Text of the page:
Tag Archives: 1964 Civil Rights Act

EEOC Systemic Discrimination Initiatives: View From the Battlefields

Contributed by Jill Cheskes

Since at least 2005, the EEOC has publicly committed itself to focusing on and rooting out systemic discrimination across the U.S.  On February 2, 2012, the EEOC approved its strategic plan for the fiscal years 2012-2016 indicating that it will dedicate a significant amount of resources to remedying systemic discrimination.  Although this already had been a focus of the EEOC, in light of the fact that charges of discrimination with the EEOC are at an all-time high and the EEOC’s budget was cut, the agency has had to “think strategically about how best to target its efforts to ensure the strongest and broadest impact possible in its efforts to stop unlawful employment discrimination.”  The EEOC has decided that the best way to do this is to focus on “big cases.”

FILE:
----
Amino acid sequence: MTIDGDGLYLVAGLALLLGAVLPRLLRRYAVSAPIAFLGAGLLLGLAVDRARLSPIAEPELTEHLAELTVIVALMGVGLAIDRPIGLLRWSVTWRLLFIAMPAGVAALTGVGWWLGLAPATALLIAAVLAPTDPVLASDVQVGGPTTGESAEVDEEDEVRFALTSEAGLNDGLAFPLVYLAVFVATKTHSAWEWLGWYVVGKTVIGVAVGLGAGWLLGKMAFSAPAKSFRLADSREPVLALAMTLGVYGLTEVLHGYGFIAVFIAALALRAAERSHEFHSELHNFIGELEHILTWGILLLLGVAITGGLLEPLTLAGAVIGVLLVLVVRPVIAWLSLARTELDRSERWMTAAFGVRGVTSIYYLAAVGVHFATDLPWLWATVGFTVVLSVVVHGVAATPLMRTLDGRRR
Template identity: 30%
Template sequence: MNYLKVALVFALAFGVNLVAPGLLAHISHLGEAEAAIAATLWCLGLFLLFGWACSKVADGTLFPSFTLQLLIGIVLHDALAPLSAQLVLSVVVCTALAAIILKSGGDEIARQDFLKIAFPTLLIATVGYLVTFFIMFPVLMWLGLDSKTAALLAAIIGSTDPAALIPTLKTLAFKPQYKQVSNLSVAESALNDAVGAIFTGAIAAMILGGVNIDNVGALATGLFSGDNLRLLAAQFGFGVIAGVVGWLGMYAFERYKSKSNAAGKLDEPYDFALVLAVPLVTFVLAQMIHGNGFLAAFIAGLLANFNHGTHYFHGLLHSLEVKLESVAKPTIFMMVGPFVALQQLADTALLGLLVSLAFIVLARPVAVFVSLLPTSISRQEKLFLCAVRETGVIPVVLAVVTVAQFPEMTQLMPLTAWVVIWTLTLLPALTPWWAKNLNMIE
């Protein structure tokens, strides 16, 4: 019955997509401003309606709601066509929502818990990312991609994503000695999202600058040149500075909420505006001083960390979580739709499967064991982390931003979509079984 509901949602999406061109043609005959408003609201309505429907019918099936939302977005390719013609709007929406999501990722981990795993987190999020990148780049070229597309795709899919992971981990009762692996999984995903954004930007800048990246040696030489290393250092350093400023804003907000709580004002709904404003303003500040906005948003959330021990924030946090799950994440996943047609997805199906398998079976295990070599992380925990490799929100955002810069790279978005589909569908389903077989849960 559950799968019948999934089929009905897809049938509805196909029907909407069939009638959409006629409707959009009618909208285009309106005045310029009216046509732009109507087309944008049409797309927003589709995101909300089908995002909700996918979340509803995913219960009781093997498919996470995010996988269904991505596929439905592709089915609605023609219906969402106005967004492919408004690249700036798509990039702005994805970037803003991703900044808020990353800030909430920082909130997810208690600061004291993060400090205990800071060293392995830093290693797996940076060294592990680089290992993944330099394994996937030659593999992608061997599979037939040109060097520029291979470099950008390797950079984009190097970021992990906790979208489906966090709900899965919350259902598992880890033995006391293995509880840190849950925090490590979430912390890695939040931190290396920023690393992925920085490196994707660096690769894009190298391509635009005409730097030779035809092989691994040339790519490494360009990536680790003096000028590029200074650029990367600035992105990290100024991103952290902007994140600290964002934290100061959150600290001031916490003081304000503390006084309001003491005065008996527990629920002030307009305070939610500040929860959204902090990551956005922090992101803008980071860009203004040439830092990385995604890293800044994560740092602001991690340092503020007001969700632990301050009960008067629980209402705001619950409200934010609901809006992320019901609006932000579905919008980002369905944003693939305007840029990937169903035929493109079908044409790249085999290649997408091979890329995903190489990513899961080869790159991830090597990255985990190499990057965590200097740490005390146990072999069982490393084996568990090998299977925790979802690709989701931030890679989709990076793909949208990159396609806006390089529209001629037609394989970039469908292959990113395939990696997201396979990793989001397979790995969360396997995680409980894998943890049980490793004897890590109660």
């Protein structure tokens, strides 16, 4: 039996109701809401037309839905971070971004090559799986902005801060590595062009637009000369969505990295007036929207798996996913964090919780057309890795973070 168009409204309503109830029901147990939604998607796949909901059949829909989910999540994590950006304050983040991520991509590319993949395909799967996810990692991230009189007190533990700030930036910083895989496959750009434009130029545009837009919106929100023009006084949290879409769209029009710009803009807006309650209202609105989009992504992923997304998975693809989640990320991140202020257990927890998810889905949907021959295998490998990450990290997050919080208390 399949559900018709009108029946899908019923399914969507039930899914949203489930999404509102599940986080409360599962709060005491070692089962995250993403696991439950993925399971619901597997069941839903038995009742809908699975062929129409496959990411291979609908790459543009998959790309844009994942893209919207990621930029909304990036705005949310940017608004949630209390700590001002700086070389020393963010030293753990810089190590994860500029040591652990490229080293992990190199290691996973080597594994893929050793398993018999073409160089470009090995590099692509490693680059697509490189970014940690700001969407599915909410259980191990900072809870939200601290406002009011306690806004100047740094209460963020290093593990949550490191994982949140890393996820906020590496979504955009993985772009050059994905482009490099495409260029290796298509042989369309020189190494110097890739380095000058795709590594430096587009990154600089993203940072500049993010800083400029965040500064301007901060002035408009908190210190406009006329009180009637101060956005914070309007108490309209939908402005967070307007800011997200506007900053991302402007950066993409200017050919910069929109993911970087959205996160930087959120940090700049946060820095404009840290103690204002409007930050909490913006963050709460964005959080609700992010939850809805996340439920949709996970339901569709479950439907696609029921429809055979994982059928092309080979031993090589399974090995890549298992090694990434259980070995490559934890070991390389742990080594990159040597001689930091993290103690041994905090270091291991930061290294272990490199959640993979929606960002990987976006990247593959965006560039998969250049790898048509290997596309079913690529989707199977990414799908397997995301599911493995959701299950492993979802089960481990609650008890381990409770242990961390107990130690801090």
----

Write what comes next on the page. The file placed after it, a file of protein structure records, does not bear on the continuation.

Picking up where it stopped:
Unfortunately for employers, what this means is that every charge filed with the EEOC now has the potential and ability to result in scrutiny of company-wide practices.  The EEOC’s initiatives are patently apparent when objectively looking at how the EEOC investigators are conducting investigations into a standard single complainant charge.

The EEOC is frequently sending out broad requests for information for a class of employees for employment practices that might not even be implicated in the individual charge.  For example, a charge of race discrimination alleging discrimination in discipline and termination has been effectively held to allow the EEOC to investigate hiring practices.

With more and broader requests for information being submitted, employers are pushing back on these requests on a more frequent basis.  In turn, this is resulting in the EEOC issuing subpoenas, something which is well within their authority to do.  This has, in turn, resulted in civil actions to enforce the subpoenas when employers continue to balk at these requests.